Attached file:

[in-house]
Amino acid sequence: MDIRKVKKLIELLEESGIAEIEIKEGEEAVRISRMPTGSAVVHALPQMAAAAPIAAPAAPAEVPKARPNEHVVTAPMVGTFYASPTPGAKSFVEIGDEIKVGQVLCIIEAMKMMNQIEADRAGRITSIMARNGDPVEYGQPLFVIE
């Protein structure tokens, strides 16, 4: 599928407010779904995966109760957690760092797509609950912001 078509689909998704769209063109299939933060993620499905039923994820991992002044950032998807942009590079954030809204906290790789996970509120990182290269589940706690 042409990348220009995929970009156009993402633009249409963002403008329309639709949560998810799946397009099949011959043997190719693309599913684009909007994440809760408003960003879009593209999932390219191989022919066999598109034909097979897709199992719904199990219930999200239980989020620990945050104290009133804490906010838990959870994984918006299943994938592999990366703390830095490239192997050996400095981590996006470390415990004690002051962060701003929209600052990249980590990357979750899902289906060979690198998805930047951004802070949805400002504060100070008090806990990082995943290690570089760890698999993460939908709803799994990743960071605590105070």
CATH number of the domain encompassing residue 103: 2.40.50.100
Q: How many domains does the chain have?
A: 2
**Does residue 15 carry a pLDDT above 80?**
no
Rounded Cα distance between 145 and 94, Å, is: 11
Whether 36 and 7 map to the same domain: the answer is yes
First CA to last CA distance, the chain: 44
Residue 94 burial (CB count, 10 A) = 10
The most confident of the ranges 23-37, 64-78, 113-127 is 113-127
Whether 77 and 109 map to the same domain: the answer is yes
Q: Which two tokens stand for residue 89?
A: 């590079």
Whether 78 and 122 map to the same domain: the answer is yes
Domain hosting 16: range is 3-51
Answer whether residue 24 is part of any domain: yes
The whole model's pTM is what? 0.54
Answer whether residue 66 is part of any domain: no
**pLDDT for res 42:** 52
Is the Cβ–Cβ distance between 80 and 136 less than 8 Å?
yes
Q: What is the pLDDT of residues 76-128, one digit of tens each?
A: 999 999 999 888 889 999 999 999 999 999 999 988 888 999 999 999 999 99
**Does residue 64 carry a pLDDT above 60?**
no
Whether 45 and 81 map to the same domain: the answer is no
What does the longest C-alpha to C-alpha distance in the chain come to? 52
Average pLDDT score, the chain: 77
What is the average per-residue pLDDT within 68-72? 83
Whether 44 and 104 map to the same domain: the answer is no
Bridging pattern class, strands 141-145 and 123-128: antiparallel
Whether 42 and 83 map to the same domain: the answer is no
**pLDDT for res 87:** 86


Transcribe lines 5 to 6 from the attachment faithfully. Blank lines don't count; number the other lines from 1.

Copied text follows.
Q: How many domains does the chain have?
A: 2